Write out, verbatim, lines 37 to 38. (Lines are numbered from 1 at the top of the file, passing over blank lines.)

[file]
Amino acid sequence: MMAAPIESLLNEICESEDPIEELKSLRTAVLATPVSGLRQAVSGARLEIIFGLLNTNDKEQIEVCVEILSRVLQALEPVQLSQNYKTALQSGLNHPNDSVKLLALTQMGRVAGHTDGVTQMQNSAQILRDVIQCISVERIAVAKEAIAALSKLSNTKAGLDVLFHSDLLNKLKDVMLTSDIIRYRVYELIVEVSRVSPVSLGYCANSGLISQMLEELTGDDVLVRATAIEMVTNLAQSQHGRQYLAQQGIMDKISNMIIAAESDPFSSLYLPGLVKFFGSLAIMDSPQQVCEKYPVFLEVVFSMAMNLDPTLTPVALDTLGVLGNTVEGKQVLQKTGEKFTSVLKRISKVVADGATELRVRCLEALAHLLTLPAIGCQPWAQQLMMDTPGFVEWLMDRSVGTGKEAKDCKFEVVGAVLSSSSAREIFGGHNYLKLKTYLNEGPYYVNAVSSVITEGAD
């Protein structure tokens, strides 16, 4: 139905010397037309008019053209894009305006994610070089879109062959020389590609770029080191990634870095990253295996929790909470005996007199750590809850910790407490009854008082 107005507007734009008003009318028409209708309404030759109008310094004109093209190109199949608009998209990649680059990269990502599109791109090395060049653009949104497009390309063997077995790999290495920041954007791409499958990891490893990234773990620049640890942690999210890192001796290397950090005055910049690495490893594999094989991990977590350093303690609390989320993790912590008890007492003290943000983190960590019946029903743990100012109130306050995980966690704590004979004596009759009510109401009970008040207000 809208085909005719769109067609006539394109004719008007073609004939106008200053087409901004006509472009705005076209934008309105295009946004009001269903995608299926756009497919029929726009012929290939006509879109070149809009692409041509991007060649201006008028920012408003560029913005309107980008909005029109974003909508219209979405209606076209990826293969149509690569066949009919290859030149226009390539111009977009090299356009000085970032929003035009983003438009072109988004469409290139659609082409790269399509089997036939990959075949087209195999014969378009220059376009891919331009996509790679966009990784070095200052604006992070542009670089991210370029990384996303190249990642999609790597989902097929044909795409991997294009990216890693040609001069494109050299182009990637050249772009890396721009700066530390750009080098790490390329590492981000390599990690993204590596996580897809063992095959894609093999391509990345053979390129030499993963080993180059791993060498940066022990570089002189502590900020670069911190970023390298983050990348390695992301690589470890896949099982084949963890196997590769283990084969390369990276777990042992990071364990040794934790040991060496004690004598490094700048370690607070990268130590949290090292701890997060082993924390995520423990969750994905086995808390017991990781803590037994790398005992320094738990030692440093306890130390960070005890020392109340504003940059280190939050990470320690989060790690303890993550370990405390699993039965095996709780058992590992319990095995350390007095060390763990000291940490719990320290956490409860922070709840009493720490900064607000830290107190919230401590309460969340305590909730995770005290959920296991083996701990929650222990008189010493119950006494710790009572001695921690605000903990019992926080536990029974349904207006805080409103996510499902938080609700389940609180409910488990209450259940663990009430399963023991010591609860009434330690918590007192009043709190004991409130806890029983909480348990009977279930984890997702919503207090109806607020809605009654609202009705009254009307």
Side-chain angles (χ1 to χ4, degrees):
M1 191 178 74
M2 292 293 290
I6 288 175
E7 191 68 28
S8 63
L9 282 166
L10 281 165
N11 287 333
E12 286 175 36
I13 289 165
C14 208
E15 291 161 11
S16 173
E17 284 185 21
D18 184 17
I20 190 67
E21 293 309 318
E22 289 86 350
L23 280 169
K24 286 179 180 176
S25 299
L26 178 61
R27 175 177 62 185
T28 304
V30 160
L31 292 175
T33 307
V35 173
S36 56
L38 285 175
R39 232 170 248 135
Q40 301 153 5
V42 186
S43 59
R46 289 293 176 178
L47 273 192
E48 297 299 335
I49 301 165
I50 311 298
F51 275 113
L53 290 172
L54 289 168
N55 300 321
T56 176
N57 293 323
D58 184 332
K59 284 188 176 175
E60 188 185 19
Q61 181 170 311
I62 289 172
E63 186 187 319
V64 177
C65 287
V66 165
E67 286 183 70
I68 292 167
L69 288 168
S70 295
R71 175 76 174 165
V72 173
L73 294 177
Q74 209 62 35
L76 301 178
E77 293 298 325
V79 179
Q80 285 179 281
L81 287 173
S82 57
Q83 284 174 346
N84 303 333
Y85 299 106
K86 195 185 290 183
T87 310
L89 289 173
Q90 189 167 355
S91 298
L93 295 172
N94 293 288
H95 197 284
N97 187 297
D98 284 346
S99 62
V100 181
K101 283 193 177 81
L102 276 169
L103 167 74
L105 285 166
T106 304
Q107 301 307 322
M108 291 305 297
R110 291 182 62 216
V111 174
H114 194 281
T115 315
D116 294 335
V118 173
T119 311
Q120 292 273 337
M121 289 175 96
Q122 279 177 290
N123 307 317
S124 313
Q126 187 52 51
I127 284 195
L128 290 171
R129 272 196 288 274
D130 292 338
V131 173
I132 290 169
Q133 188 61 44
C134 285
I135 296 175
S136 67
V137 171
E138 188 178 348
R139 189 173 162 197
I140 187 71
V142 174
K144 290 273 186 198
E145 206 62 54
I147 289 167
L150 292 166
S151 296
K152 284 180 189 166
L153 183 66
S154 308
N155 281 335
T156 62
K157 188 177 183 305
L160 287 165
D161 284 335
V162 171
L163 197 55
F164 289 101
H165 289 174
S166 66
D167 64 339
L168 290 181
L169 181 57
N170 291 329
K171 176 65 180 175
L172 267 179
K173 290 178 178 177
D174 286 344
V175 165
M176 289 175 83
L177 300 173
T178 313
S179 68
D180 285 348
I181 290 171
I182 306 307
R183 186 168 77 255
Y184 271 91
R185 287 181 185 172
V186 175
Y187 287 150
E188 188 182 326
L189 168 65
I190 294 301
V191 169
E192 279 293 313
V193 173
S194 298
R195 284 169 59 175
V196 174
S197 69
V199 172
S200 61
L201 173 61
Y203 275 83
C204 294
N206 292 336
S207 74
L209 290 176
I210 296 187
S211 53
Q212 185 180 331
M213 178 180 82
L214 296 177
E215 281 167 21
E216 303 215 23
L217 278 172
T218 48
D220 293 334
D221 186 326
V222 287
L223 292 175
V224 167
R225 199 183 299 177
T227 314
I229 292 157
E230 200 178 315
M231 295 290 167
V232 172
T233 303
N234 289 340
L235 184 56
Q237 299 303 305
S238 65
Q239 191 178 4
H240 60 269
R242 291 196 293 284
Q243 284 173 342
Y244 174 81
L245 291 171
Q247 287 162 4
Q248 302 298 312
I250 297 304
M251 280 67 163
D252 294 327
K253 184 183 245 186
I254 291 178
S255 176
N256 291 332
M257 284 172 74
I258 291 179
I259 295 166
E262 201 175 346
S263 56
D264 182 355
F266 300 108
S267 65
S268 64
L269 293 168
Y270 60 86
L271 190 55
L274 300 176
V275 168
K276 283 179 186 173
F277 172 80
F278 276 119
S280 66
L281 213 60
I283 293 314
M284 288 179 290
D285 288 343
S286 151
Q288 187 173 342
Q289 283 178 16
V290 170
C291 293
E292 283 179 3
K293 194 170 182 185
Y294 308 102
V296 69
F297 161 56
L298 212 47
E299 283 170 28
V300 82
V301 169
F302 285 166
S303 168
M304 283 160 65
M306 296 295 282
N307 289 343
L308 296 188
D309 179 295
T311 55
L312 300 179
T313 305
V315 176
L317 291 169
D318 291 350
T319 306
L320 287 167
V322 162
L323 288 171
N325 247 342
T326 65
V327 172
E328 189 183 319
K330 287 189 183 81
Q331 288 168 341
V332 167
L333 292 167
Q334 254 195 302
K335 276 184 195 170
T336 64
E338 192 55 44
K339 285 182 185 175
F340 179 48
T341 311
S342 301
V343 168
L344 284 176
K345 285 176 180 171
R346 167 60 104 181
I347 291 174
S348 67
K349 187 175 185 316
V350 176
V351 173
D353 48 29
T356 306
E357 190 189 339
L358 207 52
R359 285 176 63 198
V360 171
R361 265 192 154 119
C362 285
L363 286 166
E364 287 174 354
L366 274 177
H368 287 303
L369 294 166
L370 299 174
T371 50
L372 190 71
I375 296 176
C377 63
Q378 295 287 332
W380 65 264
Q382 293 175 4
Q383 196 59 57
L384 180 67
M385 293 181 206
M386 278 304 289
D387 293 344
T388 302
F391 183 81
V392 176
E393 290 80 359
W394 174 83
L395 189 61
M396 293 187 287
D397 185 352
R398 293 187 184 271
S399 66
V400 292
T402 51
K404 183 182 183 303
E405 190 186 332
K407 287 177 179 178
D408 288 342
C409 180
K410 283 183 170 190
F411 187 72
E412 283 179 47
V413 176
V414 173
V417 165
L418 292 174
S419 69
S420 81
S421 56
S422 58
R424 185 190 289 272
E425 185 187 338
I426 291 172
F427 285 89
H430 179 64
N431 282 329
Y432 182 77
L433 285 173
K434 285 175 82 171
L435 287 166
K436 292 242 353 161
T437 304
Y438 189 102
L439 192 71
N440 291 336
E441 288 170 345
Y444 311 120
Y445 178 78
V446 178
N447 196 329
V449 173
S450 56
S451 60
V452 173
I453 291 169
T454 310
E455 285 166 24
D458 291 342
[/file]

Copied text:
S43 59
R46 289 293 176 178